Traditionally, African peoples believe in a supreme being who is omnipresent, omniscient and omnipotent, and who is manifested in nature and natural phenomena.
They are aware of their spirituality, and the relationship between themselves and this almighty supreme being (God), who pervades all aspects of their existence, and who is far removed from them (transcendental) and is within them (immanent) at the same time. They respond to this awareness by worshipping through deeds and sayings that vary from community to community.
Some people worship God throughout the entire day, as they believe God is everywhere, seeing and hearing them, while for others, formal worship is arbitrary, unnecessary even, as they feel their awareness and acceptance of God’s omnipresence, omniscience and omnipotence are within themselves worship. Worship is by way of utterances mainly, and not meditative, and comes in many forms, such as sacrifices and offerings; prayers, invocations, blessing and salutations; and intercessions.
Sacrifices and offerings are common acts of worship. The former involves the killing of an animal, which is given in parts or entirely to God. Offerings to God include things that are not sacrificed. Offerings and sacrifices are given as gifts to appease God, to have communion with God, and to thank God. But importantly, they are done to restore the balance between man and God. “It is also an act and occasion of making and renewing contact between God and man … ,” John S. Mbiti says in African Religions and Philosophy.
Praying is the commonest form of worship among traditional African peoples. The prayers are usually short, extemporaneous, and succinct, and may be accompanied by sacrifices and offerings. They are mostly requests to satisfy a particular need or to give thanks. Invocations are calls for God’s intervention into a particular matter. Blessings are good wishes being asked of God, such as, “God be with you”.
And since Africans live in a religious universe, proverbs and songs that express reverence for and gratitude to God are everywhere. Singing is very common in religious gatherings and ceremonies, “which not only helps to pass on religious knowledge from one person to a group or another, but helps create and strengthen corporate feelings and solidarity”.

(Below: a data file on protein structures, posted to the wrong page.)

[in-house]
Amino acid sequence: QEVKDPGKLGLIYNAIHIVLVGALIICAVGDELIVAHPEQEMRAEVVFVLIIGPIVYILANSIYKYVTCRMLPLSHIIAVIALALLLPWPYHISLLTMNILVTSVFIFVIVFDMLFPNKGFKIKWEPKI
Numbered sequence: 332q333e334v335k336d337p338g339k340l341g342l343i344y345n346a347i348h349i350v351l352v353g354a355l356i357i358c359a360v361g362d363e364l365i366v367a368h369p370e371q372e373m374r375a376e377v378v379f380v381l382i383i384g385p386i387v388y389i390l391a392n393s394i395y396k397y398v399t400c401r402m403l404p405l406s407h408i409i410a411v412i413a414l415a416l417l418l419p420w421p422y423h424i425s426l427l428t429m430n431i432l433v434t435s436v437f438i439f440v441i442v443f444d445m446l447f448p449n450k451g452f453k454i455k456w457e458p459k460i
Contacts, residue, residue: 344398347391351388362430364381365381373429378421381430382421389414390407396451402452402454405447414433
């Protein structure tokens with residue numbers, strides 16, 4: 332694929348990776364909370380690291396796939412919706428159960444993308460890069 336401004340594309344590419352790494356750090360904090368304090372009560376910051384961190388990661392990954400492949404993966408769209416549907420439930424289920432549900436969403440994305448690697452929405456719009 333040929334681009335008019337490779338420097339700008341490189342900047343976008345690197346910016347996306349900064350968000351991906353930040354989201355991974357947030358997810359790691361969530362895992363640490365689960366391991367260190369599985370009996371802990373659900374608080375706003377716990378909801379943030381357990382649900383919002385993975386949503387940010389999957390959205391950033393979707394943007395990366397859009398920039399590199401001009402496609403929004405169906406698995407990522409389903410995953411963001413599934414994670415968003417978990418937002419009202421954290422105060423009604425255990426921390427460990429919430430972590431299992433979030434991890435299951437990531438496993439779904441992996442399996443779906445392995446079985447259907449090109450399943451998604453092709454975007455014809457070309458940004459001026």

Sometimes the worship of God is done through intercessors. It is a common feeling among traditional African peoples that direct communication must not be made with God by just about anybody, but through special people or spirits. “The reason for this feeling and practice seems to derive mainly from the social and political life of the peoples concerned. This pattern of behaviour is by no means found in all societies, but the concept of intermediaries is found almost everywhere,” Mbiti says. These intercessors include elders, ordained priests, seers, prophets, oracles, diviners (links between God and mankind), medicine-men, and rainmakers, and the spirits of the living-dead (people who have recently died). All these persons serve different purposes.
Among African peoples, the worship of God takes place at any place and time. There are no strict rules governing when people should worship, but the practice and customs of worship vary from place to place, and people worship for special reasons, such as harvest festivals, the rites of birth, initiation, marriage and death, planting time, times of national need, before or during hunting, gathering and fishing, the blessing of cattle, unusual phenomena, and the coronation of chiefs and kings.
Though there is no strict time and place of worship, worship takes place in special shrines, temples, altars, groves and other sacred places used for public sacrifices and prayers. Shrines are sanctuaries for animals and humans. Temples are huge houses, generally cared for by a priest. Altars are sacred spots used for offerings and sacrifices, and can be found in shrines and temples or in the open air. Caves and sacred mountains, river banks, waterfalls, ruins, special trees are also used as sacred places where worship takes place.
“There is no limit as to where and when African peoples perform one or more act of worship. God is omnipresent, and he is reachable at any time and in any place. People worship him whenever the need arises,” Mbiti says.